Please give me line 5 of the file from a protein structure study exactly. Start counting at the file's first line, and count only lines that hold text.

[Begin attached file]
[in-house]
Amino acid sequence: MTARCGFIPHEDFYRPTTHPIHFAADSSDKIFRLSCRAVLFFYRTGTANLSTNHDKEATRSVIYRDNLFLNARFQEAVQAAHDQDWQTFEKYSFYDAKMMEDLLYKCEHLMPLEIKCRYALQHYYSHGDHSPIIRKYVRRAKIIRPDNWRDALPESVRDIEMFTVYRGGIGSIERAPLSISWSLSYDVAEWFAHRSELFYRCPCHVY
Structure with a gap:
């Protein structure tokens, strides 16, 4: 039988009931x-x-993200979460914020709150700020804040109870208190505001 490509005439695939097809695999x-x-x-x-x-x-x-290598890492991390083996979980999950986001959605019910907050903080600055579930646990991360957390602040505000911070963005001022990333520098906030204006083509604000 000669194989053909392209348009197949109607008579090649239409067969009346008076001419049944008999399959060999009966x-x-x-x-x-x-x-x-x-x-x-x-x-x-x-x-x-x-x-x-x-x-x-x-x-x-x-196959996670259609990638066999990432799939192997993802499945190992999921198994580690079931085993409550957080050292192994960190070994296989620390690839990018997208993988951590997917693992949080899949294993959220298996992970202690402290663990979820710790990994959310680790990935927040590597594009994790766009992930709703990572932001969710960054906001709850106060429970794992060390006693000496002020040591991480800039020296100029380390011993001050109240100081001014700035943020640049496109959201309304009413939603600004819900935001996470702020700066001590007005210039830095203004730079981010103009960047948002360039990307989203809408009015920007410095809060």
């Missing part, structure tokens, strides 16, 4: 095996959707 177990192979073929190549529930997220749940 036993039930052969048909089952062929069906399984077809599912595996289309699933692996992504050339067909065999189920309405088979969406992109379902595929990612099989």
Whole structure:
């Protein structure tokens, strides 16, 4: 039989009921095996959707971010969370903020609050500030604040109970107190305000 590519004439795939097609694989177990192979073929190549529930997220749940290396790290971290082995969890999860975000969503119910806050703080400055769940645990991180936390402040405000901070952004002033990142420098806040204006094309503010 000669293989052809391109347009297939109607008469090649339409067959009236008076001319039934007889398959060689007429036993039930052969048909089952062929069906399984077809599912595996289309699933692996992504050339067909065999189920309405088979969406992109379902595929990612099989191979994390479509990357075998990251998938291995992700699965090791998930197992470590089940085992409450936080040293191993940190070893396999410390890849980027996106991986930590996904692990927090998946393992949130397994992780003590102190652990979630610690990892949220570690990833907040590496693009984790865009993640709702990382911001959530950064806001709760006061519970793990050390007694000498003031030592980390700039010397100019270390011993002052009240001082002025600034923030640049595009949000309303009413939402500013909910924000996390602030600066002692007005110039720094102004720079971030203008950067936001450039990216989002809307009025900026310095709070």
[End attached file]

């Missing part, structure tokens, strides 16, 4: 095996959707 177990192979073929190549529930997220749940 036993039930052969048909089952062929069906399984077809599912595996289309699933692996992504050339067909065999189920309405088979969406992109379902595929990612099989």